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What's the deal with JavaScript, TC39 and ECMAScript?

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Let's clear it up, once and for all.

A 3 min read written by
Eirik Vigeland

ECMA

ECMA has its origin in the 1960s and the name was at the time the "European Computer Manufacturers Association".

The initiative was started when the need for standarizations appeared because of the growing use of computers. In 1994 the name was changed to ECMA International to reflect an international interest for standarization.

Since its formation, the their mission has been to develop standards of how information systems and technology should be used. Some of these standards include the C# language specification, FAT12/FAT32 file system, Office Open XML and of course ECMAScript.

TC-39

So TC-39 is a so-called "technical committee" (the 39th) of ECMA.

This committee is responsible for the standardization of the JavaScript language, or ECMAScript (ECMA-262 or simply ES) as the spesification of the language is formally known as.

Basically, it's a bunch of super smart JavaScript enthusiasts and language experts who get together to define how JavaScript new versions of should work and what features it should have.

The people of TC-39 represent some of the biggest companies in tech: Google, Intel, Microsoft and Facebook, to name a few. The committee meets regularly, and the meeting notes are available online.

Here is the agenda of the most recent meeting, which ended Thursday this week, hosted by Apple in Cupertino, California.

So how do I propose my cool feature?

Anyone can suggest features and additions to JavaScript! This process consists of 5 stages:

  • Stage 0 - Strawman: This stage is for proposing features to the specification and no formal criterias are required. A submission to stage 0 has to come from either a member of the committee or a registered contributer.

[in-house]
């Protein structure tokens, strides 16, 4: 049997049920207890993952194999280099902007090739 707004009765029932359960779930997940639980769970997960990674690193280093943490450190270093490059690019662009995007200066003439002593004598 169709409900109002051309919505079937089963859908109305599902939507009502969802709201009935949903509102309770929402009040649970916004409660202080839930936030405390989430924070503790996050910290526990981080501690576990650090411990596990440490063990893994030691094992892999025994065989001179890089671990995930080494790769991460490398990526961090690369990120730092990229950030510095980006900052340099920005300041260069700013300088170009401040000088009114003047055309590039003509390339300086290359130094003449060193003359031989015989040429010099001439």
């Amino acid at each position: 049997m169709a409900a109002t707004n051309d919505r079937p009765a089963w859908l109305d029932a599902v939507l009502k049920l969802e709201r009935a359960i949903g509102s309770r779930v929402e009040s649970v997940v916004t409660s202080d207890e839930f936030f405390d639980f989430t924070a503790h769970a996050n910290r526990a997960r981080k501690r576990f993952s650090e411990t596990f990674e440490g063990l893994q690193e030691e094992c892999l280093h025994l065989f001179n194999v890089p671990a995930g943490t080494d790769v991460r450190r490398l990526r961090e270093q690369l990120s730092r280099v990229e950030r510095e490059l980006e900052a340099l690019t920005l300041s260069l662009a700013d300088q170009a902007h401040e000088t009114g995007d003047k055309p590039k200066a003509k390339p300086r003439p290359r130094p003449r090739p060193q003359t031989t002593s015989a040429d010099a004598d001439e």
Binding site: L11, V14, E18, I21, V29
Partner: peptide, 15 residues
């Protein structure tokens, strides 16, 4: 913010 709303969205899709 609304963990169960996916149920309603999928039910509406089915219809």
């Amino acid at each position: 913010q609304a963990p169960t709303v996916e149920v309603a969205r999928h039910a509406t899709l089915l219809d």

• Stage 1 - Proposal: To enter stage 1 you first have to get yourself a champion. A champion is a member of TC-39 who is responsible for the proposal. You will also need an outline for the problem, examples of usages, a high-level API, as well as having identified challenges and cross-cutting concerns. The point of this stage is to make a case for why the change should be made to the langauge. In addition, by the time you are finished, you will have to have described a shape of a solution and identified potential challenges.

  • Stage 2 - Draft: You will need to be ready with an intial specification text to enter stage 2. At Stage 2 the precise syntax and semantics are described using formal spec language.

  • Stage 3 - Candidate: When you have the complete spec text and the designated reviewers have signed off on it you are ready for stage 3. As a candidate the proposal is ready for refinements and feedback from implementations and users.

  • Stage 4 - Finished: Congrats, your proposal is now ready to be included in the ECMAScript standard! To get to Stage 4 you will have to defined Test262 acceptance tests. You will also need two compatible implementations that passes acceptance test. The proposal should have in-field experience with shipping and implementations. Lastly, a pull-request has been sent to the ecma262 repository on github with integrated spec text.

    Want to learn more?

  • Read one of many summaries of the full history of JavaScript

  • See the full list of current proposals

  • See a talk about the ECMAScript process by the editor of the huge, 2015-version of JavaScript (ES6)

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